By Charles Cassady Jr.
Instead save gasoline, stay home, spare the oysters and support the locals, with this week's Ohio Independent Film Festival (OIFF), an annual tradition since 1994.
The OIFF has had a long-term engagement on Cleveland's West Side in the Cleveland Public Theatre and Gordon Square - but, as we all know, a certain mental illness affects Clevelanders to the extant that there are East Siders who would more likely hop the next airliner to France rather than drive toward the setting sun over the Great Wall represented by the Cuyahoga River and visit the Detroit-Superior Corridor. For their benefit, this year's OIFF for the first time convenes in two adjacent East Side locations, Arts Collinwood, located at 15605 Waterloo Road, and the Beachland Ballroom, just down the street at 15711 Waterloo Road.
Be there and you will meet (and even get to network with) film folk from inside and outside Ohio. Most of the shorts, features, live-action, animation, special presentations and filmmaker bows take place for a $10 admission. The films, screening on celluloid and projected video, hail from all over the country and indeed the world. But festival director Bernadette Gillota tries to give special recognition to movies with strong regional ties.
Attractions begin Wednesday night with a 7 p.m. collection of shorts that includes new entries by established local film practitioners such as Ted Sikora (whose Akron-made mortal-guy-tries-being-a-superhero spoof HERO TOMORROW came out well before KICK-ASS and SUPER) and Tiffany Lauffer (CHRISTMAS AT MAXWELL'S). An independent feature from East Coast filmmaker Jose Cruz, CLOSE-UP, follows at 9:30 p.m., a drama which eschews character names in detailing an alcoholic wannabe actor trying to straighten up between Christmas and New Year's.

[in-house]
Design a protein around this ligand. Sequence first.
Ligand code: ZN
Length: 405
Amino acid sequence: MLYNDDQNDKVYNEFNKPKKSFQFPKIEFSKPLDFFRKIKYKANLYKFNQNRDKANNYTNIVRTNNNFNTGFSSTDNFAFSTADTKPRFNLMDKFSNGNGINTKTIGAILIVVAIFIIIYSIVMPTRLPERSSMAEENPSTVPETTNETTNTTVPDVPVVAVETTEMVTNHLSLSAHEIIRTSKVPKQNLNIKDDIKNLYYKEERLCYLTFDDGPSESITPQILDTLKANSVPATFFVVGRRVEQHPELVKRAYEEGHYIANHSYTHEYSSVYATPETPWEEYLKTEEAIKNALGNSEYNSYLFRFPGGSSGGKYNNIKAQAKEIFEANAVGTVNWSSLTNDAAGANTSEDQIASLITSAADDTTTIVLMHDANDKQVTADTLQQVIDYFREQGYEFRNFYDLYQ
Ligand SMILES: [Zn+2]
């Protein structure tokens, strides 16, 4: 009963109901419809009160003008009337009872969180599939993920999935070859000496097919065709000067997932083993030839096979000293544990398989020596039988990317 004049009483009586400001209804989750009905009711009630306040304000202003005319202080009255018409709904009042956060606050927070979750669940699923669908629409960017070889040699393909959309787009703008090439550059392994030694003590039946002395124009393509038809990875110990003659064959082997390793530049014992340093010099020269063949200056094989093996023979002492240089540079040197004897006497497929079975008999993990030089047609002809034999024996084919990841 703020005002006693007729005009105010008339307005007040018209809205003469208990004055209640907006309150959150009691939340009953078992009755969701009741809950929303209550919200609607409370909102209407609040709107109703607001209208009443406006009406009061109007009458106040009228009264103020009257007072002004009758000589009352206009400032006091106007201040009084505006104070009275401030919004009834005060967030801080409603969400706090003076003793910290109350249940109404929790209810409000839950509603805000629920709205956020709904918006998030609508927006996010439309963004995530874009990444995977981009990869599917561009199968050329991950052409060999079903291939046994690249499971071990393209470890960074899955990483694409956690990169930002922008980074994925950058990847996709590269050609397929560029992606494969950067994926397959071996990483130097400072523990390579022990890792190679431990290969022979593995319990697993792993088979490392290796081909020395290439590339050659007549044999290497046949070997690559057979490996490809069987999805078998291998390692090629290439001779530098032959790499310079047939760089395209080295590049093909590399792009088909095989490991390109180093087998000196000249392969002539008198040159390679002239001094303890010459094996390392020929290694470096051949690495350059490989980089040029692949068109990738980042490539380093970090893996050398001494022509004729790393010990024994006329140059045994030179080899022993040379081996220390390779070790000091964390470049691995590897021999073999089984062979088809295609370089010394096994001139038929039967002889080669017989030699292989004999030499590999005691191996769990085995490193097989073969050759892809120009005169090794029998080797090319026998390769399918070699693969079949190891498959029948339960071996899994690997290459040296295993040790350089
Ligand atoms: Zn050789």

On Thursday night at 7 p.m., Maryland-based Heather Taylor's documentary BREAKING THROUGH THE CLOUDS tells the story of the first Women's National Air Derby, an aviatrix milestone of 1929. The program of shorts that follows at 9 p.m. includes Ohioian Jay Johnson's THE HANDYMAN, a macabre take on the Anthony Sowell serial-murder case. The 7 p.m. Friday night shorts showcase has films from the USA mixing with entries from the UK, Australia and Brazil. It's followed at 9 p.m. by CURRENCY, an Indiana crime drama with an ambitious eight-decade storyline arc.
Busiest day at the OIFF is Saturday, May 21, kicking off at 1 p.m. with ONE REVOLUTION, a documentary about a handicapped athlete's attempt to ascent Mount Kilimanjaro in a special wheelchair. All-Ohio short subjects at 3 p.m. include a WWII period drama by Mentor's longtime local-film hero Bill Johns. The 5 p.m. slot is reserved for two short-feature documentaries: Adam Garcia's FIGHTING FOR ANSWERS, about three families stricken in an ill-understood "cancer cluster" community, Clyde, Ohio; and LOCKED OUT, about the progress of a modern-day miners' strike in Boron, California. MURDER MACHINE!, at 7 p.m., pits an overtaxed small-town sheriff against a psychotic drifter, and it's the latest from director Rich Yarber and his Twisted Spine Productions, an enthusiastic collective of "micro cinema" enthusiasts specializing in gore and mayhem. For the closing feature, 9 p.m.'s THE HELLWORTH HAUNTING, Clevelnd State University graduate Justin Ciminero went back to good old 16mm Plus-X BW celluloid film in a Bolex for an old-school double-bill type thriller about a cub girl reporter finding paranormal Bad Stuff bound to a double-murder case.
For a full schedule of the Ohio Independent Film Festival, check out the website at www.ohiofilms.com for the complete itinerary and descriptions of all shorts, features and upcoming events blending Arts Collinwood and the OIFF. You can also phone (216) 651-7315 for more information.